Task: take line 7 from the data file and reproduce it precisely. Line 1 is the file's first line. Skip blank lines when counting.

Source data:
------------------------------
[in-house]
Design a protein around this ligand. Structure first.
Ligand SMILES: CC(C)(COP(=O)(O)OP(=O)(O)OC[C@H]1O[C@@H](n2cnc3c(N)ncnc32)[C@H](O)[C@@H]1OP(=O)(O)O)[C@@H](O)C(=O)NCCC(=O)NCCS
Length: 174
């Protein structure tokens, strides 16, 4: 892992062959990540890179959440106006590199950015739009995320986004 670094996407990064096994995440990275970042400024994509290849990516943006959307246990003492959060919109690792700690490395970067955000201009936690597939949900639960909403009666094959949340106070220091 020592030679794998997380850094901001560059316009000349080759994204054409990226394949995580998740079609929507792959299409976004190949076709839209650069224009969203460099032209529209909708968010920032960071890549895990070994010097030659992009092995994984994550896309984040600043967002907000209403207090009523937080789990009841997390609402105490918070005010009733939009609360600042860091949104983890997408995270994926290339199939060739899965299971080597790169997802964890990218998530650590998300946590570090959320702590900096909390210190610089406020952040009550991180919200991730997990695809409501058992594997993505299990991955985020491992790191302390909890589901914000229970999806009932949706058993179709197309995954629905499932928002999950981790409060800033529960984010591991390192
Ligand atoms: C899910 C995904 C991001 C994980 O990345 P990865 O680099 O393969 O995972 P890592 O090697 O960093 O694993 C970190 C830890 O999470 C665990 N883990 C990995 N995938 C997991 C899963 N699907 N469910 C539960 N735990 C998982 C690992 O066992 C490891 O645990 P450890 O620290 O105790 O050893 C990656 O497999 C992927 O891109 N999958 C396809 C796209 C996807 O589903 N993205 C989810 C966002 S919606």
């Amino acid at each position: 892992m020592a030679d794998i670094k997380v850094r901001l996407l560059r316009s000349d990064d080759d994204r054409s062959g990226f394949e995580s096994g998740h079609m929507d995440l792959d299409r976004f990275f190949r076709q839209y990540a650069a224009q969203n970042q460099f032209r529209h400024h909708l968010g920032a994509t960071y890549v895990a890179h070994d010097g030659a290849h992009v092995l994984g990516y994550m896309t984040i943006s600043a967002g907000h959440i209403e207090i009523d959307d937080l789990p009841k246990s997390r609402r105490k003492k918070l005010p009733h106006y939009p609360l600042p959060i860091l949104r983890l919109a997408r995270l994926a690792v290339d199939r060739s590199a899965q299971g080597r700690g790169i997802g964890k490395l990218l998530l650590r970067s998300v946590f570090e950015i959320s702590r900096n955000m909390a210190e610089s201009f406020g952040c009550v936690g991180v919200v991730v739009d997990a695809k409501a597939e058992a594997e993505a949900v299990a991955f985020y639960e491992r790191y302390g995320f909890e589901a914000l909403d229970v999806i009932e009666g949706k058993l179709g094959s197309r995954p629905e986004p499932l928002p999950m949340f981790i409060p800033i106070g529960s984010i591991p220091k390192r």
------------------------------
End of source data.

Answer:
């Amino acid at each position: 892992m020592a030679d794998i670094k997380v850094r901001l996407l560059r316009s000349d990064d080759d994204r054409s062959g990226f394949e995580s096994g998740h079609m929507d995440l792959d299409r976004f990275f190949r076709q839209y990540a650069a224009q969203n970042q460099f032209r529209h400024h909708l968010g920032a994509t960071y890549v895990a890179h070994d010097g030659a290849h992009v092995l994984g990516y994550m896309t984040i943006s600043a967002g907000h959440i209403e207090i009523d959307d937080l789990p009841k246990s997390r609402r105490k003492k918070l005010p009733h106006y939009p609360l600042p959060i860091l949104r983890l919109a997408r995270l994926a690792v290339d199939r060739s590199a899965q299971g080597r700690g790169i997802g964890k490395l990218l998530l650590r970067s998300v946590f570090e950015i959320s702590r900096n955000m909390a210190e610089s201009f406020g952040c009550v936690g991180v919200v991730v739009d997990a695809k409501a597939e058992a594997e993505a949900v299990a991955f985020y639960e491992r790191y302390g995320f909890e589901a914000l909403d229970v999806i009932e009666g949706k058993l179709g094959s197309r995954p629905e986004p499932l928002p999950m949340f981790i409060p800033i106070g529960s984010i591991p220091k390192r």